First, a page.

AD Main Menu

GOP candidates for U.S. Senate oppose repeal of oil-tax cut -- some mildly, some fiercely

Alex DeMarban
The three GOP candidates for the Republican nomination for U.S. Senate are, from left to right, Joe Miller, Dan Sullivan and Mead Treadwell. Loren Holmes illustration

Before a pro-industry audience in the first publicized forum of the U.S. Senate race, Dan Sullivan and Joe Miller swatted at one another over the controversial oil tax cut, while Lt. Gov. Mead Treadwell said he once solicited the help of national Republican group to knock off the bipartisan coalition in the state Senate that had blocked the measure.

A question about the tax cut -- which could be repealed if a voter initiative on the August ballot passes -- was one of three submitted ahead of time to Republican primary candidates by the Alaska Support Industry Alliance, which organized the breakfast forum before about 200 people on Thursday. Although the oil tax cut is not a federal issue, it’s the most important matter facing the state and affects everyone, said Rebecca Logan, general manager of the Alliance.

Miller has a campaign ad that touts his work as a part-time attorney for the Fairbanks North Star Borough, when he “took on powerful corporate interests in the important TAPS pipeline case.” Major oil companies lost that fight after squaring off against the borough and other local communities over the pipeline’s value  -- and therefore potential tax revenue.

Miller, usually outspoken and direct, gave a nuanced reply to the oil tax question. He pointed out that he’s signed a pledge not to raise taxes. He said his supporters fall on both sides of the issue. Some want to repeal the cut. Others say businesses need a stable tax climate.

He said the issue is technically complex, and the state is trying to find the magic number that provides maximum public benefit while also enhancing production.

He said other things, too, but finally suggested it might be too early to repeal the law: “Certainly, I think the jury is out on this. But to sit back and say we ought to reverse it in a very short time period, without having that information back, I don’t think it’s a very good idea.”

Meanwhile, former Natural Resources commissioner and attorney general Dan Sullivan, who has been criticized for staying quiet on key issues and who helped Gov. Sean Parnell push the cut through, wasn’t quiet on this one.

“Here’s my answer,” Sullivan said, raising a “Vote No on 1” bumper sticker and getting a rare burst of applause. “I’m not 100 percent sure what Joe’s answer was, but here’s my answer.”  

He said that after the failure of House Bill 110, an earlier version of Parnell’s cut, the governor in 2012 asked Sullivan to lead the team that pushed through he redesigned tax cut, which came to be known as Senate Bill 21. He also encouraged companies across the country to invest in Alaska and said the cut is working, producing new investment on the North Slope that’s sparking the economy and jobs.  

“Thousands of hours, testifying, speeches, designing this, working with the Legislature, calling certain legislators in the dark of night for key votes, because this passed by a thin hair,” Sullivan said.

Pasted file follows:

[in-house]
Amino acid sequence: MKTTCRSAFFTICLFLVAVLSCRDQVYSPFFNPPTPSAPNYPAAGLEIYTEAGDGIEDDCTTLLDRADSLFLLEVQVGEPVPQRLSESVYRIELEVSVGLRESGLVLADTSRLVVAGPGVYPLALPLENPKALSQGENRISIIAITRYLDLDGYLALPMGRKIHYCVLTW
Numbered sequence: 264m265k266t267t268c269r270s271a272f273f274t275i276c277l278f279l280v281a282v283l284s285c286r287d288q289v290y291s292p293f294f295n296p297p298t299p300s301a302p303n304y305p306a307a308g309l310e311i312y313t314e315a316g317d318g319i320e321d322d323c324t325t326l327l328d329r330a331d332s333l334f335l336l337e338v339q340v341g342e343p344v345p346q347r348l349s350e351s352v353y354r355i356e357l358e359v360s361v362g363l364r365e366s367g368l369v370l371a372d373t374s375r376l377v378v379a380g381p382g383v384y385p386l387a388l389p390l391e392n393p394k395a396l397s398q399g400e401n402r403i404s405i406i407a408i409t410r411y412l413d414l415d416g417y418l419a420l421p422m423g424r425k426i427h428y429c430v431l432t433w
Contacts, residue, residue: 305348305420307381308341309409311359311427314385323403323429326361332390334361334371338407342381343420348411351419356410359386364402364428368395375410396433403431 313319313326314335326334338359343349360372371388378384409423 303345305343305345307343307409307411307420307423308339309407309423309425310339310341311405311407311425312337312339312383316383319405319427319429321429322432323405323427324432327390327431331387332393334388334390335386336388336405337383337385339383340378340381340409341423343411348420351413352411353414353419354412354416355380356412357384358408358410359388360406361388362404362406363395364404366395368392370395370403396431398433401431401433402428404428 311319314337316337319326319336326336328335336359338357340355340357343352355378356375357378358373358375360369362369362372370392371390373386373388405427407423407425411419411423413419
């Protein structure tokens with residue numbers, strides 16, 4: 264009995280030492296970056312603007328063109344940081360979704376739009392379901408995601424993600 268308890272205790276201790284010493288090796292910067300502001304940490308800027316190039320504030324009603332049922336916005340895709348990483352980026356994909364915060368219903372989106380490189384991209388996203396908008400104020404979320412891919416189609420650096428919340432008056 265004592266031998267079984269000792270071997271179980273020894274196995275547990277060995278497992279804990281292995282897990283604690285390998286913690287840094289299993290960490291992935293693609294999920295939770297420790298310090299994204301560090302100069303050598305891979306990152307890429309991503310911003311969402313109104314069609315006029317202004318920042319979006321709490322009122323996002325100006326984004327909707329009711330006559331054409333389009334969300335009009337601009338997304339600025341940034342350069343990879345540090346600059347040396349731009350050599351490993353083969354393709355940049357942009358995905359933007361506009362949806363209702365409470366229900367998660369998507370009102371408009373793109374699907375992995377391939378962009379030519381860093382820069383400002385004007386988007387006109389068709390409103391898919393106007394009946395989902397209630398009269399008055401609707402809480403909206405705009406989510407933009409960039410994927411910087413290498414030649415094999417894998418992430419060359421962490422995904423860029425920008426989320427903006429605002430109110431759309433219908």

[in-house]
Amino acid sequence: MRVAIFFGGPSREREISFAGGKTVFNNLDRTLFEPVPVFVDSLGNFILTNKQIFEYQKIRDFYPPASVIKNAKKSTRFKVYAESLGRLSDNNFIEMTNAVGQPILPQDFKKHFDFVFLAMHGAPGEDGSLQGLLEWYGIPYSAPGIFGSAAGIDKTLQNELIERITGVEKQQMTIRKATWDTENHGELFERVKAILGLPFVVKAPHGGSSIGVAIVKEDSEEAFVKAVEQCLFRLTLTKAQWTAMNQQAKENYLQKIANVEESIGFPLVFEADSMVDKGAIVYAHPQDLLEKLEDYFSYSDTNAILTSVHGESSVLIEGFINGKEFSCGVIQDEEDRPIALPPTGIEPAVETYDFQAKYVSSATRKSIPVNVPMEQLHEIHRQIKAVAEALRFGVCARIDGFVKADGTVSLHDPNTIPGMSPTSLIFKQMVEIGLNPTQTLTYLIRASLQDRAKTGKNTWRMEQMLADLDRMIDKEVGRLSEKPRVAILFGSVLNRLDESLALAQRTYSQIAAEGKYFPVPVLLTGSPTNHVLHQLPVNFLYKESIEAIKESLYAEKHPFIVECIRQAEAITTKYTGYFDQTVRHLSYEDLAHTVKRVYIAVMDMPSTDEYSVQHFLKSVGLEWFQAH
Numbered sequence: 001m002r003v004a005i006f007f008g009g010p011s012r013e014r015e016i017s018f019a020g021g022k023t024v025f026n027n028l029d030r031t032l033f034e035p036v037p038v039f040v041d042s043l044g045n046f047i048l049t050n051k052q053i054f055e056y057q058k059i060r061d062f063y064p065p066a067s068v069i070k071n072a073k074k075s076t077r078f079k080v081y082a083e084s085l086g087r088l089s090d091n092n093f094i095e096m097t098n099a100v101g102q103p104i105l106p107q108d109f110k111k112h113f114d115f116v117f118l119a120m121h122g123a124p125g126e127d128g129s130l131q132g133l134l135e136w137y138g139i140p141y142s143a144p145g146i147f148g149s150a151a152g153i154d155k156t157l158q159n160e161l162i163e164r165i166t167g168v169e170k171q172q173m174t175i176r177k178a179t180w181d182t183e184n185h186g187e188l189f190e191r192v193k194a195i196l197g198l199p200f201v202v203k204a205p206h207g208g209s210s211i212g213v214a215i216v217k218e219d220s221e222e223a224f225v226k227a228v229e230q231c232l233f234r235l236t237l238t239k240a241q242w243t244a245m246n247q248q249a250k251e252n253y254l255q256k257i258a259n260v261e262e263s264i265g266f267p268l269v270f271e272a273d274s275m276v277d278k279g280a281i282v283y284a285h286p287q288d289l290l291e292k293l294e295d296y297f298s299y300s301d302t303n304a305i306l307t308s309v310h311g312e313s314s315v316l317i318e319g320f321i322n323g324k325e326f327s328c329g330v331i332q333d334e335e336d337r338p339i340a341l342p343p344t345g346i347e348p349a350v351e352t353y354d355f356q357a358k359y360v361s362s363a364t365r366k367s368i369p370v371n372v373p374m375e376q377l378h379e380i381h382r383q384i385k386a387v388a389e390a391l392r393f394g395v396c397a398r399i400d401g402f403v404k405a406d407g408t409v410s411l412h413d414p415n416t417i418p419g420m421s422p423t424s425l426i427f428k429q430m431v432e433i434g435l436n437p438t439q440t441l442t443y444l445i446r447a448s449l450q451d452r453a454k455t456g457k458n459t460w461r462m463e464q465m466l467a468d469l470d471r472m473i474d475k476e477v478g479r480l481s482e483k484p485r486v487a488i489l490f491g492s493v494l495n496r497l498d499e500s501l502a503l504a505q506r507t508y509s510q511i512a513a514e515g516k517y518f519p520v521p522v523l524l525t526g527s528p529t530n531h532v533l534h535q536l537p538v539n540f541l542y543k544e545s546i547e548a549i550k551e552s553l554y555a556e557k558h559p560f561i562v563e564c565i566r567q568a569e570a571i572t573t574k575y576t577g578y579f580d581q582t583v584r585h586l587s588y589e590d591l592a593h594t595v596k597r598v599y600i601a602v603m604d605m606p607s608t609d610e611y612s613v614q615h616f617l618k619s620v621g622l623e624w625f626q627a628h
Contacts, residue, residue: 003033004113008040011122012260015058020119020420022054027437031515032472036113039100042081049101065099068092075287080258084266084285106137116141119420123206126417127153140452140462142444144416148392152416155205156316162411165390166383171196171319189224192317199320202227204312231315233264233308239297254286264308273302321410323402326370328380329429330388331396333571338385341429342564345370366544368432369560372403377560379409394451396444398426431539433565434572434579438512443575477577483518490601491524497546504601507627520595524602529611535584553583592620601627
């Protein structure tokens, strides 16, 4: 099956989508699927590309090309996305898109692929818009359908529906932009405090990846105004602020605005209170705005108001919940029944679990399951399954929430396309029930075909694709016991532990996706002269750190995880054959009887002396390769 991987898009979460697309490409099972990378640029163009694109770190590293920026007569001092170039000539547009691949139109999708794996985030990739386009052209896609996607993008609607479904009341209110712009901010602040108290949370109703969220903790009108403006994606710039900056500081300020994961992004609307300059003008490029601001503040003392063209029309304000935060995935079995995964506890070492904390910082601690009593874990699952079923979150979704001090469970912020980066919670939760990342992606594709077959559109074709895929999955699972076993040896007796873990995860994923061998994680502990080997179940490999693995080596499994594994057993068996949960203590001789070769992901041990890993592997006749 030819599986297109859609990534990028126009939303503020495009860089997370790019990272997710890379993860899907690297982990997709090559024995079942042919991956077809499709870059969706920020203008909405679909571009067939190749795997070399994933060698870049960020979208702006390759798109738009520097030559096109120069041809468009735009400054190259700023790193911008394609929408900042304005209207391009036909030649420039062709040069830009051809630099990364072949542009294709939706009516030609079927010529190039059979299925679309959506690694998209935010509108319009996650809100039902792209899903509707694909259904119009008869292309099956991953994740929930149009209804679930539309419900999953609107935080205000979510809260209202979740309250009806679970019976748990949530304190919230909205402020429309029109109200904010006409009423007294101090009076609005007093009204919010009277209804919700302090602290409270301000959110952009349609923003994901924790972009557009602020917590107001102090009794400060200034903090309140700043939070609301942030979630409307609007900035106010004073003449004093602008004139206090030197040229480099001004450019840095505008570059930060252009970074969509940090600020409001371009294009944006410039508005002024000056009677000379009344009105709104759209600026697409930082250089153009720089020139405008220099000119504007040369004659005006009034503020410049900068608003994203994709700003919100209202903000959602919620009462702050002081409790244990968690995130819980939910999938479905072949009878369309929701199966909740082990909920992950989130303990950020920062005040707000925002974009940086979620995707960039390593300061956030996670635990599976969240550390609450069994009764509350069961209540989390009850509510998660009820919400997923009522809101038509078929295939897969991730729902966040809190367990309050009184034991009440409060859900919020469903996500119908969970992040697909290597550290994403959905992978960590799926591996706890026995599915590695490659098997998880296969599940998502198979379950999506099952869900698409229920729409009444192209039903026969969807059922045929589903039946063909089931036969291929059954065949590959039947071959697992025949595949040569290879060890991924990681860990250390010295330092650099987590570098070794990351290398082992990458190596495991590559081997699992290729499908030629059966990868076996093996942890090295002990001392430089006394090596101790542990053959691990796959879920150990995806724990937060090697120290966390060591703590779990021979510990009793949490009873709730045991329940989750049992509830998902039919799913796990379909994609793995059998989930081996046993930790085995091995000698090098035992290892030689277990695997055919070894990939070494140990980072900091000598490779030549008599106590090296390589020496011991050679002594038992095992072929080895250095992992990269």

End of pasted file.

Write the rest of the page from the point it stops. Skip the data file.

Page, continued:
Sullivan, who joined the race in October, said one of his advisors told him to keep quiet on the oil tax cut. Early polling suggested there wasn’t a lot of support for the cut.

“I had one advisor who said, ‘Hey, you might want to lay low. It’s not polling well. You don’t want to be associated with this,’” Sullivan said. “Don’t be associated with this? I own this. What I’m going to do as a candidate is be a full-throated proponent and educate people on why this is so important. I’m not going to play defense.

“Look at Mark Begich. Where is he on this? I don’t know. One of the most important issues in the state of Alaska, he won’t get off the fence.”

“I’m one of the number-one advocates of this issue. Do or die. If that hurts my campaign because it doesn’t (poll) well -- it’s called principles,” Sullivan said.

For his part, Treadwell, argued that because he’s lieutenant governor, and therefore supervises elections officials, he would not state how he’ll vote. But he said he’d give the audience a good idea of how he feels.

He said he had once urged former Gov. Sarah Palin, when she was running in 2006, if she would sign a tax pledge.

“She said, ‘No, I wouldn’t. The taxes on oil companies were set in a culture of corruption; we have to raise them,’” recalled Treadwell. “I said, ‘Governor, I’m not sure I agree with you.’”

Treadwell said he supported a tax cut before Parnell and Sullivan did: “I ran for that. I ran for filling the Alaska pipeline as your lieutenant governor.”

He said he remembered a September 2010 speech after he and Parnell were nominated where the governor shifted position and the effort to cut taxes began.

“As a member of a caucus of lieutenant governors and secretary of states that raise money for the Republican Party around the country, I made sure that they spent money here to help us get rid of the Senate coalition that was holding up this bill so we could get Senate Bill 21 through,” Treadwell said.

In his closing statement, Miller seemed to shoot back at Sullivan, who has brought several state lawsuits against the federal government. Miller said the state has an amazing opportunity to be part of a movement -- with lawmakers like Ted Cruz and Rand Paul and Mike Lee -- seeking to win state control over what are now federal lands.  

“If we elect someone that’s going to go along to get along, just be part of the system and been filing lawsuits here and there, working hard but not really making any progress, the fact is you aren’t going to get that change,” Miller said. 

Correction: This story originally reported that the forum was held Wednesday.